Igniyte MD Roz Sheldon talks to The Times about how companies can best manage potentially problematic office Christmas parties.

As an expert in reputation management, Roz is well placed to suggest the steps businesses should take to protect the reputation of the business and its employees.

Igniyte’s own research of 500 officer workers shows that, while 30% of employers have policies in place regarding sharing photos from parties, boundaries are regularly crossed when alcohol is involved.

One in five people, reported The Times, say that their own actions at office parties have gone on to damage their personal reputation.

The Times asked Roz Sheldon for her expert advice on how organisations can combat the problem of reputational damage sustained at the annual Christmas party.

Roz advises companies to hire a professional photographer and encourage employees to leave their mobile phones at home. Roz said: “Bosses should be sending clear advisory communications on expected professional behaviour when under the influence.”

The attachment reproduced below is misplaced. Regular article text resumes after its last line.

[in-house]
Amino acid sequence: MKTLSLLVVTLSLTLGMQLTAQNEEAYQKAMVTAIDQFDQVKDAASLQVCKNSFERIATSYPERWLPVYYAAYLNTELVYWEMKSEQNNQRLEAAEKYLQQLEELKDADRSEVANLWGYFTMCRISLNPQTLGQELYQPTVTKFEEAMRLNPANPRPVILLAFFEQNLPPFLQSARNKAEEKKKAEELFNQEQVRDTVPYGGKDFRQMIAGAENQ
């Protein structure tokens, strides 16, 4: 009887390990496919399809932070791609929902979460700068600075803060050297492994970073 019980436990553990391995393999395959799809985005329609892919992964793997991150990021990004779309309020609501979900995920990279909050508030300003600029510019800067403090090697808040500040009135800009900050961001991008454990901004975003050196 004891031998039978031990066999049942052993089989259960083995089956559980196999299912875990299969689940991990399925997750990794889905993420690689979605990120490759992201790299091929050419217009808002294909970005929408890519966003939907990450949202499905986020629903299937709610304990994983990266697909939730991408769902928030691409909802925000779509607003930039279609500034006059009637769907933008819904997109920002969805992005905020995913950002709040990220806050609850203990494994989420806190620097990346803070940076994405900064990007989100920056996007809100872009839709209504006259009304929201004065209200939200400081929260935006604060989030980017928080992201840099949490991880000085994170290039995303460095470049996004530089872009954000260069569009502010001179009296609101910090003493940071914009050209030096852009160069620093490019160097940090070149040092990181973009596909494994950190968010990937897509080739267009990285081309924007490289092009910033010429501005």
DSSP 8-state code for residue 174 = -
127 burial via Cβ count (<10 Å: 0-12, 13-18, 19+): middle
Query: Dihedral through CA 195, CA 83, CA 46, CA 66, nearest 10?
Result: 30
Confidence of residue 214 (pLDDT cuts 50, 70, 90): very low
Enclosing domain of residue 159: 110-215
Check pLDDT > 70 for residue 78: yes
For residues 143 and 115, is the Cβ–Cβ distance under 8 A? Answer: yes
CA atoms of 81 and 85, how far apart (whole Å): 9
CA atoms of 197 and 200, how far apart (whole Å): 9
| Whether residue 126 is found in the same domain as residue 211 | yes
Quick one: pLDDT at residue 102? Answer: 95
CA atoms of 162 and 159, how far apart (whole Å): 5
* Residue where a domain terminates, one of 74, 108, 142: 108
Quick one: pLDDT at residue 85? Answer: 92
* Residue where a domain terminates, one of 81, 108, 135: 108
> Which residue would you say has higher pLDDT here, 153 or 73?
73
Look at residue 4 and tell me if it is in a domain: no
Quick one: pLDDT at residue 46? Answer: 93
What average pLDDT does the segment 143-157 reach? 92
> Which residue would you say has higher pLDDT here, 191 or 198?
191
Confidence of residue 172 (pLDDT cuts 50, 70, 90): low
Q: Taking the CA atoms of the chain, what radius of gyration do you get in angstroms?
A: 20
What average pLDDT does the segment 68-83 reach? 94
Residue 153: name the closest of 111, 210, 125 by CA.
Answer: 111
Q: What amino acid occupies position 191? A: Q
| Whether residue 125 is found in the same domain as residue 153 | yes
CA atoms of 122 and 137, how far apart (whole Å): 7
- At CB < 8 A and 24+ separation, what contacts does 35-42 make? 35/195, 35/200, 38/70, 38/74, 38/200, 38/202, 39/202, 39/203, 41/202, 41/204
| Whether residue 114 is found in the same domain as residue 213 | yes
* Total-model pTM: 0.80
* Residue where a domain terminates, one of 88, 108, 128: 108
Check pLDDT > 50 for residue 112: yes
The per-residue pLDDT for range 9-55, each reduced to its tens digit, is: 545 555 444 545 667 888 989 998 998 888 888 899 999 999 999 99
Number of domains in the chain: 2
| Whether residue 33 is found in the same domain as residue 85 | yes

This guidance should cover reminders on sexual inappropriateness or aggressive behaviour. Roz also said: “Staff at large companies should be told not to upload any of their own pictures taken at a work Christmas party to social media accounts.”

Further advice includes refraining from filming at the Christmas party to avoid any damaging behaviour being uploaded for public consumption.

While this could be considered draconian by employees, Roz explained that this can actually stop them from making the kind of mistake that could potentially impact their future career. She said: “Mistakes can also impact their company as a whole.”

The Times reported on Igniyte’s survey of office workers, explaining that 10% of respondents say that they personally know someone who has been sacked or otherwise disciplined at work following their conduct at the Christmas party.

More than a third of respondents said that they had flirted or kissed a colleague, while just over 10% had been either banned from the venue or had a complaint against them due to misconduct.

To read the full article, head to The Times website and read Leave the phones at home to avoid embarrassing pictures from Christmas office parties.

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